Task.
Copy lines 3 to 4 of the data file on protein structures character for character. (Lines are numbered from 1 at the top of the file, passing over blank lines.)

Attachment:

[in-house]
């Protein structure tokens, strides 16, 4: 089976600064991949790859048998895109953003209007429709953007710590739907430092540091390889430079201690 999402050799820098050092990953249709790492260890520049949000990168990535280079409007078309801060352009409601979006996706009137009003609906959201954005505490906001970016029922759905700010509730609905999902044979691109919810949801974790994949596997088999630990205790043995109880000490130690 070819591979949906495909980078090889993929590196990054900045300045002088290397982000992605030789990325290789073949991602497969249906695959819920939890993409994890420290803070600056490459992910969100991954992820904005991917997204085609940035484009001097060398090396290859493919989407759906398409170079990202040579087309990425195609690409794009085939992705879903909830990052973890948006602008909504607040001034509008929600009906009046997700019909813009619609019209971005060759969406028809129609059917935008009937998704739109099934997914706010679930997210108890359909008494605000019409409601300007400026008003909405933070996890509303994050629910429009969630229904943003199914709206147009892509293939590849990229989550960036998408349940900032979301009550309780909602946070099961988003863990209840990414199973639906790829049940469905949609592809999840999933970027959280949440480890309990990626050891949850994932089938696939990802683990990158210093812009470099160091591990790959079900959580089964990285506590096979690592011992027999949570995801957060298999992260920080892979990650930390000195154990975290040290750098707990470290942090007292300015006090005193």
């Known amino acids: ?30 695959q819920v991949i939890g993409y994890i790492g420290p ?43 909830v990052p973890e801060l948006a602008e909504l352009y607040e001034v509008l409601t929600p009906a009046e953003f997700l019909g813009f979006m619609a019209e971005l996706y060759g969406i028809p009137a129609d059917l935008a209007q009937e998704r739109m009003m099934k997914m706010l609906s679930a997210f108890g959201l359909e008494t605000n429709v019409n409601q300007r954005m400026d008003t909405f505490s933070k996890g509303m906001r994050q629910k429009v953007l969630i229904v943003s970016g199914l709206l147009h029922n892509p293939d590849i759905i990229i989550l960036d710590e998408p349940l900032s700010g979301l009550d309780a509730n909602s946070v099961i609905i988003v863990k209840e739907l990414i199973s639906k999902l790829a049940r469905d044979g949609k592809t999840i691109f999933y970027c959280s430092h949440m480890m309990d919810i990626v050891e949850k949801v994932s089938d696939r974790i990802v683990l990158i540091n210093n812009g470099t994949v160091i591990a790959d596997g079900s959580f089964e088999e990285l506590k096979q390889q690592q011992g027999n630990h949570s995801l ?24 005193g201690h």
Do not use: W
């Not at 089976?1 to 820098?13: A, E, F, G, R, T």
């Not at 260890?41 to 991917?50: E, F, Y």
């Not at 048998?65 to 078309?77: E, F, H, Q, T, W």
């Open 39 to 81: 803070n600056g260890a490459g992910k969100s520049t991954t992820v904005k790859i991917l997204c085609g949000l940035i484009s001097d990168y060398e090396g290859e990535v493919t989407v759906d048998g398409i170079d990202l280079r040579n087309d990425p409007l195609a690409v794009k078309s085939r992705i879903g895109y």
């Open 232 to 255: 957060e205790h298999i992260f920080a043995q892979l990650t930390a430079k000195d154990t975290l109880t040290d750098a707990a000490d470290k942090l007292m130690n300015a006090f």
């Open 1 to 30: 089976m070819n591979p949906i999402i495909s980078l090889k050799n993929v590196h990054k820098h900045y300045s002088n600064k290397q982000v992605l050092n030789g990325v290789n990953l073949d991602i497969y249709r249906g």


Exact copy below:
């Known amino acids: ?30 695959q819920v991949i939890g993409y994890i790492g420290p ?43 909830v990052p973890e801060l948006a602008e909504l352009y607040e001034v509008l409601t929600p009906a009046e953003f997700l019909g813009f979006m619609a019209e971005l996706y060759g969406i028809p009137a129609d059917l935008a209007q009937e998704r739109m009003m099934k997914m706010l609906s679930a997210f108890g959201l359909e008494t605000n429709v019409n409601q300007r954005m400026d008003t909405f505490s933070k996890g509303m906001r994050q629910k429009v953007l969630i229904v943003s970016g199914l709206l147009h029922n892509p293939d590849i759905i990229i989550l960036d710590e998408p349940l900032s700010g979301l009550d309780a509730n909602s946070v099961i609905i988003v863990k209840e739907l990414i199973s639906k999902l790829a049940r469905d044979g949609k592809t999840i691109f999933y970027c959280s430092h949440m480890m309990d919810i990626v050891e949850k949801v994932s089938d696939r974790i990802v683990l990158i540091n210093n812009g470099t994949v160091i591990a790959d596997g079900s959580f089964e088999e990285l506590k096979q390889q690592q011992g027999n630990h949570s995801l ?24 005193g201690h």
Do not use: W